YOC reorganizing to adapt to changing child welfare landscape

05 May YOC reorganizing to adapt to changing child welfare landscape

The Youth Opportunity Center, a residential youth treatment facility in Muncie, recently reorganized its administration, according to Senior Administrator Rick Rowray, to adapt to a constantly changing child welfare environment.

Part of the change was Rowray leaving the chief executive officer post to transition to senior administrator. His duties now primarily focus on child welfare policy at the state and national levels. In addition, he will be monitoring child welfare funding.

Rowray, who has been with the YOC for 30 years, said he had already been pursuing those matters as CEO.

Rowray’s duties will emphasize fund acquisition, resource allocation and strategic planning, according to the press release. He will continue his service on the YOC’s Board of Directors.

Jeff Helm has been promoted to CEO at the YOC. He now has responsibility for YOC’s service delivery and over-all performance.

Helm holds a bachelor of science degree in criminal justice and criminology and an master of science degree in information and communication sciences from Ball State University. He has served as YOC’s chief information officer since 2017. He is the current chair of the Muncie Community Schools Community Engagement Council and is a member of the Hillcroft Services board of directors, where he served as board chair in 2018 and 2019.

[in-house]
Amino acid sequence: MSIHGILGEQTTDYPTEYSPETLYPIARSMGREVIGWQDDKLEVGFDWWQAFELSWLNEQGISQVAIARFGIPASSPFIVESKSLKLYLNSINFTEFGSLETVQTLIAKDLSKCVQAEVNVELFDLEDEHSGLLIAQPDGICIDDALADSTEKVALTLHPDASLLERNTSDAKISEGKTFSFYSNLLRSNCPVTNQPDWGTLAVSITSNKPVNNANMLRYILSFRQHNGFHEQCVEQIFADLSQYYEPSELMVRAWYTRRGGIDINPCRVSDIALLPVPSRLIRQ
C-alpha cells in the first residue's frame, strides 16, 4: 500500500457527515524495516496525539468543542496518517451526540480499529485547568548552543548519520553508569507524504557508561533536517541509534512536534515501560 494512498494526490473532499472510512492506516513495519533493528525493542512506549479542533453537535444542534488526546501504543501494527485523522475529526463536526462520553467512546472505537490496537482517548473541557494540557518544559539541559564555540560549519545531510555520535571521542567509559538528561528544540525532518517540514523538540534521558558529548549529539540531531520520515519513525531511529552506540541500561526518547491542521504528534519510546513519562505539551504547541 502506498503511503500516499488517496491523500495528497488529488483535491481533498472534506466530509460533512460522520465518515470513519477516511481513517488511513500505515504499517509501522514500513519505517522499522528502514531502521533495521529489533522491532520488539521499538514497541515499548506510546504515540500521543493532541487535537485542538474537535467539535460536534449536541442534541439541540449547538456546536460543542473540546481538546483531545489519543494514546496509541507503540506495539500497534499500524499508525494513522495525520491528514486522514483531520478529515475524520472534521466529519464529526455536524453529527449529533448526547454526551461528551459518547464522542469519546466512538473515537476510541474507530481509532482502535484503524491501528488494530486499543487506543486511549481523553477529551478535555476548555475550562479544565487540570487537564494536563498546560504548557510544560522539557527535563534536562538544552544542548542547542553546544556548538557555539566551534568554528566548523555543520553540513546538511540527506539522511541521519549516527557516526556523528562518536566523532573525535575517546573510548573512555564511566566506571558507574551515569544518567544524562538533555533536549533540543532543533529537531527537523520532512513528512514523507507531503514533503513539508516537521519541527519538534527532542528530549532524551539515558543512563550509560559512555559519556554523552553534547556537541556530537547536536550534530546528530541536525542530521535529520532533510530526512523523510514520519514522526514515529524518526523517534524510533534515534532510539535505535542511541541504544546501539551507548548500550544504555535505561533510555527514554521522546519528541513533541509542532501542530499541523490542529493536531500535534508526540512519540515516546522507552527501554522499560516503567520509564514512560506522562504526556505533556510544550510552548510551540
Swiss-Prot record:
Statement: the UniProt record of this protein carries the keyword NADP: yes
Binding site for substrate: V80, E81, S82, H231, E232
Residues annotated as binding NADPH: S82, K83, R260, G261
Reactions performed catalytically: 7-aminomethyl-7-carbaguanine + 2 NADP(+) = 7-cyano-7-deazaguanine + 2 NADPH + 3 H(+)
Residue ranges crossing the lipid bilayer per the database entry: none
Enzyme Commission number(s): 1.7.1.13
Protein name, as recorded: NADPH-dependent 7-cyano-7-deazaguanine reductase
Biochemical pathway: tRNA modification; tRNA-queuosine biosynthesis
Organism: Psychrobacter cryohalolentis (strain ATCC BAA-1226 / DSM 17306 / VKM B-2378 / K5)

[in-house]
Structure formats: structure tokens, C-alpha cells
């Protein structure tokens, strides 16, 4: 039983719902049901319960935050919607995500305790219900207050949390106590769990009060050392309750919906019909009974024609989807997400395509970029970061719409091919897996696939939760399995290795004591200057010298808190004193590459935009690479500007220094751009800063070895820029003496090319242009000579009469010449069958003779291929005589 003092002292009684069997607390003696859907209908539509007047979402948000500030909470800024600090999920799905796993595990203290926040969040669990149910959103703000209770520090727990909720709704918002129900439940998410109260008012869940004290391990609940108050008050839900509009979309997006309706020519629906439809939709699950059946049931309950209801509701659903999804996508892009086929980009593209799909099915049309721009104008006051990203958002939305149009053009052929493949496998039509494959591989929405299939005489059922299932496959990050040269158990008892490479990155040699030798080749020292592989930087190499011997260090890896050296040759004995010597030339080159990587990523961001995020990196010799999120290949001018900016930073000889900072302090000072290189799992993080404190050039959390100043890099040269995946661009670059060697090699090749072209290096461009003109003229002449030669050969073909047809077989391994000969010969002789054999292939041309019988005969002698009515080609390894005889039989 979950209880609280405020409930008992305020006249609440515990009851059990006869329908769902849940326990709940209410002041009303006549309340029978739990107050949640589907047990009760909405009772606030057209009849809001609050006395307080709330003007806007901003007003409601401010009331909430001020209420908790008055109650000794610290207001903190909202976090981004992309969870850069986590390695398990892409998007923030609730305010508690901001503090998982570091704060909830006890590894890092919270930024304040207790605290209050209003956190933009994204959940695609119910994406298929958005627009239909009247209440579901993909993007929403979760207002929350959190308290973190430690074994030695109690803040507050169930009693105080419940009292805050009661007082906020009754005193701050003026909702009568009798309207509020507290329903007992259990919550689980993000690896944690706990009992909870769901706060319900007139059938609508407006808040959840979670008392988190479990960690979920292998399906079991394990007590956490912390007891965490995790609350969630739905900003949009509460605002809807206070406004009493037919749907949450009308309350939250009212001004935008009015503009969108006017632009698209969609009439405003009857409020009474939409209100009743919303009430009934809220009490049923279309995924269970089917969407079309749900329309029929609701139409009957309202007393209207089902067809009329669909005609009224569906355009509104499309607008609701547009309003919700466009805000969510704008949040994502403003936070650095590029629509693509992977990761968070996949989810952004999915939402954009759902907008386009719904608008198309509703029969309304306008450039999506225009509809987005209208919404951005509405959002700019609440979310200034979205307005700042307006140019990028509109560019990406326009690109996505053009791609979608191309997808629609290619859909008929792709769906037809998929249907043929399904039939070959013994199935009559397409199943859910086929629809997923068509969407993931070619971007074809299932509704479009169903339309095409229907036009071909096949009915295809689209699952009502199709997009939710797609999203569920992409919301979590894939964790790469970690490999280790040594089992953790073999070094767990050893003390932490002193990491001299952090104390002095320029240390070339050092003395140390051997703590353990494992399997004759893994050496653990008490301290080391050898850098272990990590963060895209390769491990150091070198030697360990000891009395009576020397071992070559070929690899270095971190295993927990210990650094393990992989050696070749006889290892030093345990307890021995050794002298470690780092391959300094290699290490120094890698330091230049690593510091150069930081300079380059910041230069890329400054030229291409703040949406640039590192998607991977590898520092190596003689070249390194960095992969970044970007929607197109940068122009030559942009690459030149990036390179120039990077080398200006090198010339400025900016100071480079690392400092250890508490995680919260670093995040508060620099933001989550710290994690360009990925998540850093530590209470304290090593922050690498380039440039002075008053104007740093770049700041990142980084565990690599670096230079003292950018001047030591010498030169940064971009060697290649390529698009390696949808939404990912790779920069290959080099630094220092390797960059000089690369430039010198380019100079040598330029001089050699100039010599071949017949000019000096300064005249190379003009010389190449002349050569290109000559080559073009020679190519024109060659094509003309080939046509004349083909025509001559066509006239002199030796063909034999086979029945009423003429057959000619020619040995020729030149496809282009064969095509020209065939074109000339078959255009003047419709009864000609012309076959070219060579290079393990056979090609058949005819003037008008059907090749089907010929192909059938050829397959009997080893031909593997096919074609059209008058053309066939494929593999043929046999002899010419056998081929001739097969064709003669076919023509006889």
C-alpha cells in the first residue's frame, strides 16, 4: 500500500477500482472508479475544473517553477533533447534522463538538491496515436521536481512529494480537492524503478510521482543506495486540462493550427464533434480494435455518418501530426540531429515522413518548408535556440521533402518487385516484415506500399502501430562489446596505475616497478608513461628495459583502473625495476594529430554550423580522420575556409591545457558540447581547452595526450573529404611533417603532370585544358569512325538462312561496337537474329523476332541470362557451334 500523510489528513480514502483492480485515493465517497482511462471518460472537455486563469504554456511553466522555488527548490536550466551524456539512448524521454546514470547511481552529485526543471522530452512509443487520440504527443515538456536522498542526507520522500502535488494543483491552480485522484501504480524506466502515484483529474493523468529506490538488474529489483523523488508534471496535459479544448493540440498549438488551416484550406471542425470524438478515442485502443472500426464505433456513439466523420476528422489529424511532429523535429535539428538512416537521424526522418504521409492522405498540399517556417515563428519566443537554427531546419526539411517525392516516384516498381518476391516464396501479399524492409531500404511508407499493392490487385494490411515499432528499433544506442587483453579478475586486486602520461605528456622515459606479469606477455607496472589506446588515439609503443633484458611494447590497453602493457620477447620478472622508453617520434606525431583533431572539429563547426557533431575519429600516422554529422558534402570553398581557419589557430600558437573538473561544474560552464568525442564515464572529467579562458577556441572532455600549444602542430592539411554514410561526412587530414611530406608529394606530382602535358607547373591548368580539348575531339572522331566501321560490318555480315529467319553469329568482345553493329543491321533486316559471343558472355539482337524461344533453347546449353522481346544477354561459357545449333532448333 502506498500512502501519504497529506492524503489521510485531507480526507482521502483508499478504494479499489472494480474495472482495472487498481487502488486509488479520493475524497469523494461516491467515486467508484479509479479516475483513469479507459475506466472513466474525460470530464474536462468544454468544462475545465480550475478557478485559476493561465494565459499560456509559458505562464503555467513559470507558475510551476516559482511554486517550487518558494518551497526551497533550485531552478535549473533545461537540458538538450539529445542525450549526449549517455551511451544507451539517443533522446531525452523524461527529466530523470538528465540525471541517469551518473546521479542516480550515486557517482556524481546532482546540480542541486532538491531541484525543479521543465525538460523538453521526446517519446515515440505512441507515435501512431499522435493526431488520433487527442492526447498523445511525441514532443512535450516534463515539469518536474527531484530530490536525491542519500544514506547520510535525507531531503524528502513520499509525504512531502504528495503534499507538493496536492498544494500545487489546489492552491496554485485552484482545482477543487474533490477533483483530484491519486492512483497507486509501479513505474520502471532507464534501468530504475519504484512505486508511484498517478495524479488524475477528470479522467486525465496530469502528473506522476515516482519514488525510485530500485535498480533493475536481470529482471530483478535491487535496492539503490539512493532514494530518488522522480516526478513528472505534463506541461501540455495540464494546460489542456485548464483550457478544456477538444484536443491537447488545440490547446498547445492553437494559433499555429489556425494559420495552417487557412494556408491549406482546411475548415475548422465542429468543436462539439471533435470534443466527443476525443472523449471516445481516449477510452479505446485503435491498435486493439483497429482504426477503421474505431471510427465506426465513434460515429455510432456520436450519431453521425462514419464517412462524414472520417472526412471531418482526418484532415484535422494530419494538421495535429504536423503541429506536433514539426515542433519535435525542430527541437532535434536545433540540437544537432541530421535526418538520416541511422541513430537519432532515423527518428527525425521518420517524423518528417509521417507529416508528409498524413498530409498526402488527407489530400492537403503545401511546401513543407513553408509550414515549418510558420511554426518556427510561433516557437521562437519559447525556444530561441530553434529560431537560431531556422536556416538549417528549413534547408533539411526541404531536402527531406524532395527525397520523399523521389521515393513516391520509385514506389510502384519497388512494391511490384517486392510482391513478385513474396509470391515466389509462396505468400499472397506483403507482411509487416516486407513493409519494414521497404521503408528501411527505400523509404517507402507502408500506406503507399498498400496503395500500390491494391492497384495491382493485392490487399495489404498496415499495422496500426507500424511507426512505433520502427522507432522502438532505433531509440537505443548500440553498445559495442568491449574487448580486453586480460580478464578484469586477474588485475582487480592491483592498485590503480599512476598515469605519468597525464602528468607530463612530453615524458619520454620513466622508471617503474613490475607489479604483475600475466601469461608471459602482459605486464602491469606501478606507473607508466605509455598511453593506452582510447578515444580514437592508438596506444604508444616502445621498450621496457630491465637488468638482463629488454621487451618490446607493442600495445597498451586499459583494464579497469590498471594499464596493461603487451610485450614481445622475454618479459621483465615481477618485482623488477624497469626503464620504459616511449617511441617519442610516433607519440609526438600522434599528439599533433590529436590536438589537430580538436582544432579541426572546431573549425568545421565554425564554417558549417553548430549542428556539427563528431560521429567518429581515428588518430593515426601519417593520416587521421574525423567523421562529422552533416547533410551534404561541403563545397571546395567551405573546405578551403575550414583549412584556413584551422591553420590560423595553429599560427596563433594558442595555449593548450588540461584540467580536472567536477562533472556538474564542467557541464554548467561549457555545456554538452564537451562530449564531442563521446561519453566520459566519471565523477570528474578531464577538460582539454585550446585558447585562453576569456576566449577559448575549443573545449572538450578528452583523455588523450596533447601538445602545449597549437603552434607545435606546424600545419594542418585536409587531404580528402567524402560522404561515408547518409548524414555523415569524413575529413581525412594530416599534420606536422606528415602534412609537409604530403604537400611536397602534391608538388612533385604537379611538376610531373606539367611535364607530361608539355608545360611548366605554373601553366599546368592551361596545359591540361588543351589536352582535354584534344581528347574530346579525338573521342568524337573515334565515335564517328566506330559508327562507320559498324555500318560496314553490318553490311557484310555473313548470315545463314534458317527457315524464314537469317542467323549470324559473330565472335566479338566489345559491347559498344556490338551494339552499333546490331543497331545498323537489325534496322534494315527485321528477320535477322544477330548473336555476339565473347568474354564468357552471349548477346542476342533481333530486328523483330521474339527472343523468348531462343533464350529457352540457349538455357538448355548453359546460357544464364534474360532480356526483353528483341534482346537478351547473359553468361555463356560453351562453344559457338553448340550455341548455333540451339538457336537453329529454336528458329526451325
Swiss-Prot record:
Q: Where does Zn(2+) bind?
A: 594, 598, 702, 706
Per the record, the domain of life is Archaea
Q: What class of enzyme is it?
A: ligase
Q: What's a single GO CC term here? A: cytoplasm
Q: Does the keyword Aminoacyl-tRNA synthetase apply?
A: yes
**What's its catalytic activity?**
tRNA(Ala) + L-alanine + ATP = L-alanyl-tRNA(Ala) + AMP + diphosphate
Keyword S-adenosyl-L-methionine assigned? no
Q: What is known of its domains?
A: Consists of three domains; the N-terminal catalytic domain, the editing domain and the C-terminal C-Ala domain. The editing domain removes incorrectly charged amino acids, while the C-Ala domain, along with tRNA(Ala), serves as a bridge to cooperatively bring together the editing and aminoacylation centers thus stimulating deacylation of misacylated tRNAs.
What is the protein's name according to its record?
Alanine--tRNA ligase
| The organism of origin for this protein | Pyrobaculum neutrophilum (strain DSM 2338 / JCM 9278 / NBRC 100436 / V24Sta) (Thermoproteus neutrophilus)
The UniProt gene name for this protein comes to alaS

The move will allow for fresh leadership at the YOC, Rowray said, as challenges for the agency continue to align with the depth of problems faced by troubled youth.

The YOC receives primary funding from the Indiana Department of Child Services and can receive children from around the state, often after other types of intervention have failed. The agency receives children with psychiatric and behavioral issues who have been placed in the YOC through a court.

Rowray said the number of children the YOC cares for decreased during the pandemic but is returning to a pre-COVID level. There are now about 50 youths at the center. But the problems many of the children are experiencing are more intense.

“It’s more acute than it has has been,” he said.

Part of Rowray’s focus will be seeking funding to increase salaries for people who work directly with children at the YOC, he said.

Other changes in the reorganization include the promotion of Tony Mekelburg to director of information technology. Mekelburg has been with the YOC for eight years and previously served as IT security manager.

In addition, Valerie Tharp has been promoted to director of facilities after being assistant director of facilities. She has been with the YOC for seven years. Tharp is also responsible for food services and maintenance personnel at the agency.

YOC’s Board Chairman, Jeff Parsons, said that “these positive changes respond to the post-COVID child services landscape the YOC now operates in and effectively reflects how YOC roles have evolved to best execute our important mission for children and families.”

Thank you to David Penticuff, Muncie Star Press.